When I enterd the 7th grade, I yearned to take French. Pater vetoed that and I took latin for five yeard, doubling up in my senior year of high shcool. Never regretted taking it, and while it was classical not ecclesiastical Latin, my life has only been blessed by it.

  27. SJV says:

    St. John Vianney School in Northlake, IL will be teaching Latin in 7th and 8th grade, starting this year. We also have a choir director who will be teaching chant to the children. In addition to regular religion class, our Priests teach religion once a week for each grade level. Masses here are offered in the ordinary and extraordinary form on Sunday. This school offers pre-k through 8th grade. It is a school of the Archdiocese of Chicago. Classes began yesterday, but there is still time to register.

  28. Melody says:

    I’ve recently gone back to school after a few years and was very disappointed to see that Latin is not taught much around here in Orange County.

    I want to understand Latin not only for the mass and the sciences, but also because I believe it helps one speak and understand English that much better.

  29. Raymundus says:

    I was in a parish for six months on an internship, which is a regular part of my seminary training. While there, some of the local homeschooling families caught wind that I am rather familiar with the Latin language. So, they all gathered together and asked me if I would teach their kids – a request to which I gladly assented. I believe they were age 6-8 at the time. Great experience for me and, hopefully, for them.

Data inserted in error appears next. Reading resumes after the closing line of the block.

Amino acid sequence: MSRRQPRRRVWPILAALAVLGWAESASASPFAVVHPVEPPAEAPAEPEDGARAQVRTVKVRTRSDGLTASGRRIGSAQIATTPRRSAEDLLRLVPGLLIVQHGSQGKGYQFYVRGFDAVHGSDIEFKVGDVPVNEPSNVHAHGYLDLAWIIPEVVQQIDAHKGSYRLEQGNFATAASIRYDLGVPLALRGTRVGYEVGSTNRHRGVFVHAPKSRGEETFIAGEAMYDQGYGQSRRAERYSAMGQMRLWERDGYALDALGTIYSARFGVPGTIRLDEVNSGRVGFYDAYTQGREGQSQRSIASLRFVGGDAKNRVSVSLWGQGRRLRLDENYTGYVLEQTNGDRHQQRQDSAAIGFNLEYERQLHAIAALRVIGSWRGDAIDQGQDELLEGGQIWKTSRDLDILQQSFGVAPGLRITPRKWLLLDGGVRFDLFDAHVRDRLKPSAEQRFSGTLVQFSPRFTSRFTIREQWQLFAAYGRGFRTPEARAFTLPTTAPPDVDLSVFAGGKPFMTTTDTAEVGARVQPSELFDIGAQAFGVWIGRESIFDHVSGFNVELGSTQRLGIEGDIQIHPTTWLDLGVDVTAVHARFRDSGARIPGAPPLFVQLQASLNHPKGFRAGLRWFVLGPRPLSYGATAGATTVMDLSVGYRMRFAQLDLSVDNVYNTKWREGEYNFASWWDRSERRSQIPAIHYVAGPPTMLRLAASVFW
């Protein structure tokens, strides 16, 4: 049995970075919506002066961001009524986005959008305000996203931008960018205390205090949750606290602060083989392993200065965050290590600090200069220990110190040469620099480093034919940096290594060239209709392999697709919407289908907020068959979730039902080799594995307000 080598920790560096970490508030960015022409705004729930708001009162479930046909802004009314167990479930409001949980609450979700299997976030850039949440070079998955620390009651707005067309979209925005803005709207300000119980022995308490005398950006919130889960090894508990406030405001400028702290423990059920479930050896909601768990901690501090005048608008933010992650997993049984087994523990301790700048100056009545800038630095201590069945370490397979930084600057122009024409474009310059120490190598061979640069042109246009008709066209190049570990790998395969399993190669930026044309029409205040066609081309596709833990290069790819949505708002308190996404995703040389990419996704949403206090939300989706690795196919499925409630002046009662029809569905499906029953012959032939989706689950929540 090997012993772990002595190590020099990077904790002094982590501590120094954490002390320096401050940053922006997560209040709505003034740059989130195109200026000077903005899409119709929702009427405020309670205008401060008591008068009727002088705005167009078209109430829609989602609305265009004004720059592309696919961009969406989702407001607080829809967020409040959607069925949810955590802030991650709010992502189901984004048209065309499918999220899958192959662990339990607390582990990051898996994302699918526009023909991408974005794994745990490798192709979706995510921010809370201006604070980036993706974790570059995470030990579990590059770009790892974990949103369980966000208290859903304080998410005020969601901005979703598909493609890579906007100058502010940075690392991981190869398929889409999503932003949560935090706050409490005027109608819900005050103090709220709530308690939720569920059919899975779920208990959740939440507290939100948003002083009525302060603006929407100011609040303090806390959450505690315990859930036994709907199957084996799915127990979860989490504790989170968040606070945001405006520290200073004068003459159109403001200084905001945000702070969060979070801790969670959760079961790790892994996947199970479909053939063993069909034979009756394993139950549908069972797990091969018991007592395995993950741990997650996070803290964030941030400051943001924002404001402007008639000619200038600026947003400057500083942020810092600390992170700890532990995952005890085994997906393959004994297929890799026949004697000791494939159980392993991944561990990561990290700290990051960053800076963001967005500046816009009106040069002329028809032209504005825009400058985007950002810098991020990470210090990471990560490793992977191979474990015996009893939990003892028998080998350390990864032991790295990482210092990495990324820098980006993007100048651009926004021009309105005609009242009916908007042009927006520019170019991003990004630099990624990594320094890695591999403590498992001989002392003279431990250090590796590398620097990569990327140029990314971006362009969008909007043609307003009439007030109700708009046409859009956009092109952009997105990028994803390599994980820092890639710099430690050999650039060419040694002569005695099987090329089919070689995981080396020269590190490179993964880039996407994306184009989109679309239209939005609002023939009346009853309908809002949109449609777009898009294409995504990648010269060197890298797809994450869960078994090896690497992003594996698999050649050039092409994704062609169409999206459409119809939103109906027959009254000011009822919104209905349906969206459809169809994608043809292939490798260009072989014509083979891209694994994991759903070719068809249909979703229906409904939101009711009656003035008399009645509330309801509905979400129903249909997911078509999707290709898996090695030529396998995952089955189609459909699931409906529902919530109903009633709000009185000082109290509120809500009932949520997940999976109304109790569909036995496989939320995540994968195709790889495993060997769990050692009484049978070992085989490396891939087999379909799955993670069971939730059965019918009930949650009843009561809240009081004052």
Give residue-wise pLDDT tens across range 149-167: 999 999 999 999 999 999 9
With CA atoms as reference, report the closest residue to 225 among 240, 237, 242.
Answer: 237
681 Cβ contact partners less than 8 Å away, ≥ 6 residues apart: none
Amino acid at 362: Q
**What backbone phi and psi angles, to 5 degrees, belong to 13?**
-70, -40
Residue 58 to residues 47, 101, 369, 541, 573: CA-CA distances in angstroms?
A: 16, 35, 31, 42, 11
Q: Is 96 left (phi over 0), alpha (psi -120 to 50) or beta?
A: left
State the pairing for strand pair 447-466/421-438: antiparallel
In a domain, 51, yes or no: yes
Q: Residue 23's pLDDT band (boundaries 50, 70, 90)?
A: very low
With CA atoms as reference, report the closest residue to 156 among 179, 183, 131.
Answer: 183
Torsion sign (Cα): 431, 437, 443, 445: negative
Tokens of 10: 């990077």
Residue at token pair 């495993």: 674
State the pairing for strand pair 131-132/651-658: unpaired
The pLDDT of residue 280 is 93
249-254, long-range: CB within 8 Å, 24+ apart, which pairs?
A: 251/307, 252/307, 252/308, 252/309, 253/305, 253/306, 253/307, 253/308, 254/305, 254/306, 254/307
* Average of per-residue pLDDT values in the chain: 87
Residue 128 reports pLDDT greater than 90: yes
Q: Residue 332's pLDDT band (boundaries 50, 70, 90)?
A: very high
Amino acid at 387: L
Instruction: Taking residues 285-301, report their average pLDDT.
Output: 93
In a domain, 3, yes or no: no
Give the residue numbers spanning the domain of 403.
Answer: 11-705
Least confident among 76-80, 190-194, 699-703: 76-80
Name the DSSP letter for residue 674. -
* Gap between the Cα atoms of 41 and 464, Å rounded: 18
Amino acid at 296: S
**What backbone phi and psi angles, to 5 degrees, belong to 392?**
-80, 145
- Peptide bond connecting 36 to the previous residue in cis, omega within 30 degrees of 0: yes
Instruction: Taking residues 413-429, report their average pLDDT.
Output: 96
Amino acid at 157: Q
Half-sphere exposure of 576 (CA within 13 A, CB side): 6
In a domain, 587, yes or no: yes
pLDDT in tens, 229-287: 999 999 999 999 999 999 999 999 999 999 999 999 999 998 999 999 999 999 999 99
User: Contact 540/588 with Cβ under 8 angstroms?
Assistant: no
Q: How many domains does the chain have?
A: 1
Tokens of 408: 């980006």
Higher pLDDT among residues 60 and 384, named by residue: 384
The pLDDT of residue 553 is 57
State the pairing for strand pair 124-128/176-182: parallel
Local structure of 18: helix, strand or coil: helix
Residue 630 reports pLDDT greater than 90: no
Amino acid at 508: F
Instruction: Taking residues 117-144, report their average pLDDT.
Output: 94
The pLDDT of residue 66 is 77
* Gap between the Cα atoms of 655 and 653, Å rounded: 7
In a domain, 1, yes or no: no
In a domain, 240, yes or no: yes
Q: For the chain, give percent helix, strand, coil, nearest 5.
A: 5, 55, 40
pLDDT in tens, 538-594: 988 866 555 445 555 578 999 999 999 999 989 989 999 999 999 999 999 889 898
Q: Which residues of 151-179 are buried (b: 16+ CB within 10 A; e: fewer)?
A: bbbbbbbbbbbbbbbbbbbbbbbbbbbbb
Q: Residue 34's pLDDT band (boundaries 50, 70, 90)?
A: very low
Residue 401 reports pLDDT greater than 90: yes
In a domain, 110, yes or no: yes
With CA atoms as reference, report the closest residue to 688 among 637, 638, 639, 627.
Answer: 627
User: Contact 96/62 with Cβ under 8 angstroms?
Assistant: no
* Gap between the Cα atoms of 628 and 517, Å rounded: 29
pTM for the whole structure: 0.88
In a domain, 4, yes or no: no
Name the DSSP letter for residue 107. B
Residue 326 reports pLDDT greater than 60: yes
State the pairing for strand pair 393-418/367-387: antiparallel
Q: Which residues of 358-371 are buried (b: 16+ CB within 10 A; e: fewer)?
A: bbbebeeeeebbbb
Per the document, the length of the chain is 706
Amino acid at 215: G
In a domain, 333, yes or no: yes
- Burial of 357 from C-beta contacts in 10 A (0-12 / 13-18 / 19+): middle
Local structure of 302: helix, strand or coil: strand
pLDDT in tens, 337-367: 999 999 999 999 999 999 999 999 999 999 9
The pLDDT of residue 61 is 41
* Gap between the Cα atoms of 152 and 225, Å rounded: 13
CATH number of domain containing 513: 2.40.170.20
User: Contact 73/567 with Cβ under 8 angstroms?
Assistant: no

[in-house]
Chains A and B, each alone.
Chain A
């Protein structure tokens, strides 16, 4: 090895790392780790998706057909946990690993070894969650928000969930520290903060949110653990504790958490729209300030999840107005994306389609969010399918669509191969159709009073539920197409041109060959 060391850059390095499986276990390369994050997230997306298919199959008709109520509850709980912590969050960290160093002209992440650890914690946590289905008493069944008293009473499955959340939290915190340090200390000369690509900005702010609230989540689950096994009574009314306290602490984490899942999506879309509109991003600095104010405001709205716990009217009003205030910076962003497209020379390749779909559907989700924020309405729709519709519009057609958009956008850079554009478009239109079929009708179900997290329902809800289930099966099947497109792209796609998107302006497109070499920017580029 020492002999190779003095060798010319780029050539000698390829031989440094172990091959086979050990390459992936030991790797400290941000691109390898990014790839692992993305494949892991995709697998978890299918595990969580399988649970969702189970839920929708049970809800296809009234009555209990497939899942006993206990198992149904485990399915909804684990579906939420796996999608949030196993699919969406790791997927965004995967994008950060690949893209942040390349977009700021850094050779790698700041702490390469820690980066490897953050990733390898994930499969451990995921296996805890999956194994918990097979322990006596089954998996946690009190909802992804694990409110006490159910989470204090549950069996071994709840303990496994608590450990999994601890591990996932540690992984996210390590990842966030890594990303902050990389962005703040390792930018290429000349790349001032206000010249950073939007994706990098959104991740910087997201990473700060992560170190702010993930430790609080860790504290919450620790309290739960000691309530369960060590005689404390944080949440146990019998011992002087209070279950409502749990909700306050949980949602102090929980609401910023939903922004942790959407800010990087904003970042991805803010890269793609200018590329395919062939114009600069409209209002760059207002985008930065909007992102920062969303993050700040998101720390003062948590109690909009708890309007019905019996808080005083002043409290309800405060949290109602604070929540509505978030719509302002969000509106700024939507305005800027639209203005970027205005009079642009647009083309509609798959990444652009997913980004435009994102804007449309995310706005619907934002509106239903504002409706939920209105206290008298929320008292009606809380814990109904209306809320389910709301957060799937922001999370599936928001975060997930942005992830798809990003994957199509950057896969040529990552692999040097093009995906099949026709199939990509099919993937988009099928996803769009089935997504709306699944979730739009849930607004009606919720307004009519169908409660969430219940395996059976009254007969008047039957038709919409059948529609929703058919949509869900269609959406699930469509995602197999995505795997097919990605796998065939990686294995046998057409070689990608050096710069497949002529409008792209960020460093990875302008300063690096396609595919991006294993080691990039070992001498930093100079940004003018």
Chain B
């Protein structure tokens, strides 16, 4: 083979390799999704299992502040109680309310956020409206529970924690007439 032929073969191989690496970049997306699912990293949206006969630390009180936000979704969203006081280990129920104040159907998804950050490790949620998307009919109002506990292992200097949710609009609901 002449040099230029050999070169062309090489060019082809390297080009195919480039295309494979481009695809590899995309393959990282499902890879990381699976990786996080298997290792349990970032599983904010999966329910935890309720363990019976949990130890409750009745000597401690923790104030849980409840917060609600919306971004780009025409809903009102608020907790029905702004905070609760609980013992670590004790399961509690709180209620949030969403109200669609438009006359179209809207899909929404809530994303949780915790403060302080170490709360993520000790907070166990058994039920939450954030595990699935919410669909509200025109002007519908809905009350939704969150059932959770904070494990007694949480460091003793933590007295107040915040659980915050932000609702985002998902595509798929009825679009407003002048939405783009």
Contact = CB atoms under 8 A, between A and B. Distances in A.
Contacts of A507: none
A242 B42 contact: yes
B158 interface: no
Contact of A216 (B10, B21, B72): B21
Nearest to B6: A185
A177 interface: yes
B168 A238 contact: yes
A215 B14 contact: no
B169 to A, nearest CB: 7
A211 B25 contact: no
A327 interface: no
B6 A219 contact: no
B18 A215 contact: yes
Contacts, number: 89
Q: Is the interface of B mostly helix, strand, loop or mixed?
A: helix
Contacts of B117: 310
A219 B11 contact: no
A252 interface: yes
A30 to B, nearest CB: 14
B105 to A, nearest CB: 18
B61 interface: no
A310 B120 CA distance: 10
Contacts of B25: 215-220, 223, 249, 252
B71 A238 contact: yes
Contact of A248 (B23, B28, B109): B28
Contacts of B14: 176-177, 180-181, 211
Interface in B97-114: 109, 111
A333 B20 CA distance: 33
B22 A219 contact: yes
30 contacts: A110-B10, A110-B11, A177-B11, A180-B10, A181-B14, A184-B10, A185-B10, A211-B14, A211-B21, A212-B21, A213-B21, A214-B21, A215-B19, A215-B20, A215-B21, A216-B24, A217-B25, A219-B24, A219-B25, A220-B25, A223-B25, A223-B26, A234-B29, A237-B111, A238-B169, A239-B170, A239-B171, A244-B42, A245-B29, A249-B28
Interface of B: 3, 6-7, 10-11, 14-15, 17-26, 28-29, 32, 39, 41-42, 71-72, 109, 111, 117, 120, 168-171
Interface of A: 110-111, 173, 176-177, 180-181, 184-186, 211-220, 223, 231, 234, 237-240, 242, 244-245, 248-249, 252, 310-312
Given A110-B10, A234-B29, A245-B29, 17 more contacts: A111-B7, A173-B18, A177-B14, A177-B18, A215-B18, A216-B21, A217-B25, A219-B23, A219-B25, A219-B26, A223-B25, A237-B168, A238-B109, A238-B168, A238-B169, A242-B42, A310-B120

30. John Enright says:

    My son attended the Julia R. Masterman Laboratory and Demonstration School in Philadelphia from 5th grade through 12th grade during which he had Latin in every year. Masterman is a Philadelphia, PA public school which was ranked by MSNBC (for what it is worth!) in the top 75 schools in the country. Now, there’s a charter school in Philly devoted to Latin! The Boy’s Latin of Philadelphia Charter School recently opened with the express purpose of educating our youngsters in the classics. Great job!

  31. Joe from Pittsburgh says:

    It is unfortunate that Latin was eliminated in so many schools so many years ago.

    Knowledge of Latin increases one’s understanding of English. Also, it “opens the door” to all romance languages. If you know Latin, I believe you can understand Castillan Spanish (Spain has at least four languages, but Latin America speaks Castellano) as well as Italian.

    I know just a few prayers and some other words in Latin, but with my limited self-taught knowledge of Spanish (my wife is from Colombia – they speak Spanish as well as a madrileño) I can see the thousands of English words that have come from Latin.

    My baby boy will learn Latin when he gets older.